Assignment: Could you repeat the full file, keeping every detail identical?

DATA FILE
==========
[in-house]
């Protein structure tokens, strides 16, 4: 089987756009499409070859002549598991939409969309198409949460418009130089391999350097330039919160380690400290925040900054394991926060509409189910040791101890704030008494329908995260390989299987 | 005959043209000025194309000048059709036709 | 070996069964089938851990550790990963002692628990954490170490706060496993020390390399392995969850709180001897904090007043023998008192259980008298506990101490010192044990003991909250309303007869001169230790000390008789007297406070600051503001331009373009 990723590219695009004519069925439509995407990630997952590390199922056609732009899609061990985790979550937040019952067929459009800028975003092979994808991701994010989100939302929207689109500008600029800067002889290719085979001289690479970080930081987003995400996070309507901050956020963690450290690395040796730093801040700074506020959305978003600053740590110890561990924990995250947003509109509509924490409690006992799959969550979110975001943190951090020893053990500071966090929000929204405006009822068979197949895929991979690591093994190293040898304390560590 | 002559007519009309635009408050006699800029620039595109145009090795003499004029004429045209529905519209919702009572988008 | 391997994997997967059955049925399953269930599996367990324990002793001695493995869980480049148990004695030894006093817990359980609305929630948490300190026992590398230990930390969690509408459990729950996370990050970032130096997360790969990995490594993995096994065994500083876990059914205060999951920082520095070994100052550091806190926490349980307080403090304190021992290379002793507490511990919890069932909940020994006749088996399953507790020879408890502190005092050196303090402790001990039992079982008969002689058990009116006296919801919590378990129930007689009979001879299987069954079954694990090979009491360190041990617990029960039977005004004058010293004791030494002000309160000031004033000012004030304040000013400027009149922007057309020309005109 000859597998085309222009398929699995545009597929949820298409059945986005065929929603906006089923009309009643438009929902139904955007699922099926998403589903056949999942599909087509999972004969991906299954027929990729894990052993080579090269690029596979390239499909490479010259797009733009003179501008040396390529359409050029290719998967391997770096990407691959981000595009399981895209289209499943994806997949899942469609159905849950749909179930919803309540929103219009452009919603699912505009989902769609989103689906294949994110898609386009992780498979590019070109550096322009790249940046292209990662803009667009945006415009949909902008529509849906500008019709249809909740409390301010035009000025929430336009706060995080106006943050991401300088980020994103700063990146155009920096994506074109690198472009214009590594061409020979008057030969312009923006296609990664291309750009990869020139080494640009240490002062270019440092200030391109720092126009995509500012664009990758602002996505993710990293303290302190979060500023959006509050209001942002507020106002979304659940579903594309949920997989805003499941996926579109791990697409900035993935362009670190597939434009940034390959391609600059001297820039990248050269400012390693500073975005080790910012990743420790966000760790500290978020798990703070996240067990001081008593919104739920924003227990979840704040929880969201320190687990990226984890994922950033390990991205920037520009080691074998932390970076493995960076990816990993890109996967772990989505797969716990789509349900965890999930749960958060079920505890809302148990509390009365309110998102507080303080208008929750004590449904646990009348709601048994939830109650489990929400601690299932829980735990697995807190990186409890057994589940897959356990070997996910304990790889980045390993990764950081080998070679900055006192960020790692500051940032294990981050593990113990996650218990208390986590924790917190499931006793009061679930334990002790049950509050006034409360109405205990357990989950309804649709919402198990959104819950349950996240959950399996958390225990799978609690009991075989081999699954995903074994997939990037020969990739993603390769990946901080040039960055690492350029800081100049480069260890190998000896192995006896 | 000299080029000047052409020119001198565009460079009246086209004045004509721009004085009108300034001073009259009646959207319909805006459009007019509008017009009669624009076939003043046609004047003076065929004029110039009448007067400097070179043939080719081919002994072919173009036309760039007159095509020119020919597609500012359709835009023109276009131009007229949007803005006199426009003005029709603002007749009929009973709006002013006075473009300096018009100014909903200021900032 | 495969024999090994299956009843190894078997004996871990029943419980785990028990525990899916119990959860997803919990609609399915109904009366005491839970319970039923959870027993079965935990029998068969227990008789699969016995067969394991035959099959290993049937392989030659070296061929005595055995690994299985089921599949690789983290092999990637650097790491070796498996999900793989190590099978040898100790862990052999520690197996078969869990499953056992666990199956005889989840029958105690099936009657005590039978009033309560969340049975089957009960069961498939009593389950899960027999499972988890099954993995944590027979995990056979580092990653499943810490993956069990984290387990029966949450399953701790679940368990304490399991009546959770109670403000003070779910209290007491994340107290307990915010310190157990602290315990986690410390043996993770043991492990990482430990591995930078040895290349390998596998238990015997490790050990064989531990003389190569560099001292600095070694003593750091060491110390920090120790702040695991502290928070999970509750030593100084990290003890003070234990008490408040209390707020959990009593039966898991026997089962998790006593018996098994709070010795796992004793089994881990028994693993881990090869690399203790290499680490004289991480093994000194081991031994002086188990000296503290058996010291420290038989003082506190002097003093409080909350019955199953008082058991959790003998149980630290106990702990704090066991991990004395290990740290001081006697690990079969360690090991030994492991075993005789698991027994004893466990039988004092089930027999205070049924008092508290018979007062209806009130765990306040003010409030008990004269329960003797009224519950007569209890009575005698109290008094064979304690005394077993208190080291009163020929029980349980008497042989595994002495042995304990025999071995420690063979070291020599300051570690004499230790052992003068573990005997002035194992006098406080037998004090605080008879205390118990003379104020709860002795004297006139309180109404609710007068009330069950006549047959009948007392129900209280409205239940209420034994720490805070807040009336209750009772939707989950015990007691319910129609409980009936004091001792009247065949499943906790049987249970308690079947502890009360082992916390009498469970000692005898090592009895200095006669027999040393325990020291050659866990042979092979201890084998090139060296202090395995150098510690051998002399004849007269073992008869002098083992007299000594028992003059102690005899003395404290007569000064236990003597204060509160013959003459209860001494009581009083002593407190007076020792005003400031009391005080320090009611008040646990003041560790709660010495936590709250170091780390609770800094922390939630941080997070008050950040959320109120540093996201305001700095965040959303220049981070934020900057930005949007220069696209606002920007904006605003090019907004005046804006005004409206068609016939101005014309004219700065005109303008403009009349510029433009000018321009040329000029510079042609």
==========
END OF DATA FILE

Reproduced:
[in-house]
């Protein structure tokens, strides 16, 4: 089987756009499409070859002549598991939409969309198409949460418009130089391999350097330039919160380690400290925040900054394991926060509409189910040791101890704030008494329908995260390989299987 | 005959043209000025194309000048059709036709 | 070996069964089938851990550790990963002692628990954490170490706060496993020390390399392995969850709180001897904090007043023998008192259980008298506990101490010192044990003991909250309303007869001169230790000390008789007297406070600051503001331009373009 990723590219695009004519069925439509995407990630997952590390199922056609732009899609061990985790979550937040019952067929459009800028975003092979994808991701994010989100939302929207689109500008600029800067002889290719085979001289690479970080930081987003995400996070309507901050956020963690450290690395040796730093801040700074506020959305978003600053740590110890561990924990995250947003509109509509924490409690006992799959969550979110975001943190951090020893053990500071966090929000929204405006009822068979197949895929991979690591093994190293040898304390560590 | 002559007519009309635009408050006699800029620039595109145009090795003499004029004429045209529905519209919702009572988008 | 391997994997997967059955049925399953269930599996367990324990002793001695493995869980480049148990004695030894006093817990359980609305929630948490300190026992590398230990930390969690509408459990729950996370990050970032130096997360790969990995490594993995096994065994500083876990059914205060999951920082520095070994100052550091806190926490349980307080403090304190021992290379002793507490511990919890069932909940020994006749088996399953507790020879408890502190005092050196303090402790001990039992079982008969002689058990009116006296919801919590378990129930007689009979001879299987069954079954694990090979009491360190041990617990029960039977005004004058010293004791030494002000309160000031004033000012004030304040000013400027009149922007057309020309005109 000859597998085309222009398929699995545009597929949820298409059945986005065929929603906006089923009309009643438009929902139904955007699922099926998403589903056949999942599909087509999972004969991906299954027929990729894990052993080579090269690029596979390239499909490479010259797009733009003179501008040396390529359409050029290719998967391997770096990407691959981000595009399981895209289209499943994806997949899942469609159905849950749909179930919803309540929103219009452009919603699912505009989902769609989103689906294949994110898609386009992780498979590019070109550096322009790249940046292209990662803009667009945006415009949909902008529509849906500008019709249809909740409390301010035009000025929430336009706060995080106006943050991401300088980020994103700063990146155009920096994506074109690198472009214009590594061409020979008057030969312009923006296609990664291309750009990869020139080494640009240490002062270019440092200030391109720092126009995509500012664009990758602002996505993710990293303290302190979060500023959006509050209001942002507020106002979304659940579903594309949920997989805003499941996926579109791990697409900035993935362009670190597939434009940034390959391609600059001297820039990248050269400012390693500073975005080790910012990743420790966000760790500290978020798990703070996240067990001081008593919104739920924003227990979840704040929880969201320190687990990226984890994922950033390990991205920037520009080691074998932390970076493995960076990816990993890109996967772990989505797969716990789509349900965890999930749960958060079920505890809302148990509390009365309110998102507080303080208008929750004590449904646990009348709601048994939830109650489990929400601690299932829980735990697995807190990186409890057994589940897959356990070997996910304990790889980045390993990764950081080998070679900055006192960020790692500051940032294990981050593990113990996650218990208390986590924790917190499931006793009061679930334990002790049950509050006034409360109405205990357990989950309804649709919402198990959104819950349950996240959950399996958390225990799978609690009991075989081999699954995903074994997939990037020969990739993603390769990946901080040039960055690492350029800081100049480069260890190998000896192995006896 | 000299080029000047052409020119001198565009460079009246086209004045004509721009004085009108300034001073009259009646959207319909805006459009007019509008017009009669624009076939003043046609004047003076065929004029110039009448007067400097070179043939080719081919002994072919173009036309760039007159095509020119020919597609500012359709835009023109276009131009007229949007803005006199426009003005029709603002007749009929009973709006002013006075473009300096018009100014909903200021900032 | 495969024999090994299956009843190894078997004996871990029943419980785990028990525990899916119990959860997803919990609609399915109904009366005491839970319970039923959870027993079965935990029998068969227990008789699969016995067969394991035959099959290993049937392989030659070296061929005595055995690994299985089921599949690789983290092999990637650097790491070796498996999900793989190590099978040898100790862990052999520690197996078969869990499953056992666990199956005889989840029958105690099936009657005590039978009033309560969340049975089957009960069961498939009593389950899960027999499972988890099954993995944590027979995990056979580092990653499943810490993956069990984290387990029966949450399953701790679940368990304490399991009546959770109670403000003070779910209290007491994340107290307990915010310190157990602290315990986690410390043996993770043991492990990482430990591995930078040895290349390998596998238990015997490790050990064989531990003389190569560099001292600095070694003593750091060491110390920090120790702040695991502290928070999970509750030593100084990290003890003070234990008490408040209390707020959990009593039966898991026997089962998790006593018996098994709070010795796992004793089994881990028994693993881990090869690399203790290499680490004289991480093994000194081991031994002086188990000296503290058996010291420290038989003082506190002097003093409080909350019955199953008082058991959790003998149980630290106990702990704090066991991990004395290990740290001081006697690990079969360690090991030994492991075993005789698991027994004893466990039988004092089930027999205070049924008092508290018979007062209806009130765990306040003010409030008990004269329960003797009224519950007569209890009575005698109290008094064979304690005394077993208190080291009163020929029980349980008497042989595994002495042995304990025999071995420690063979070291020599300051570690004499230790052992003068573990005997002035194992006098406080037998004090605080008879205390118990003379104020709860002795004297006139309180109404609710007068009330069950006549047959009948007392129900209280409205239940209420034994720490805070807040009336209750009772939707989950015990007691319910129609409980009936004091001792009247065949499943906790049987249970308690079947502890009360082992916390009498469970000692005898090592009895200095006669027999040393325990020291050659866990042979092979201890084998090139060296202090395995150098510690051998002399004849007269073992008869002098083992007299000594028992003059102690005899003395404290007569000064236990003597204060509160013959003459209860001494009581009083002593407190007076020792005003400031009391005080320090009611008040646990003041560790709660010495936590709250170091780390609770800094922390939630941080997070008050950040959320109120540093996201305001700095965040959303220049981070934020900057930005949007220069696209606002920007904006605003090019907004005046804006005004409206068609016939101005014309004219700065005109303008403009009349510029433009000018321009040329000029510079042609």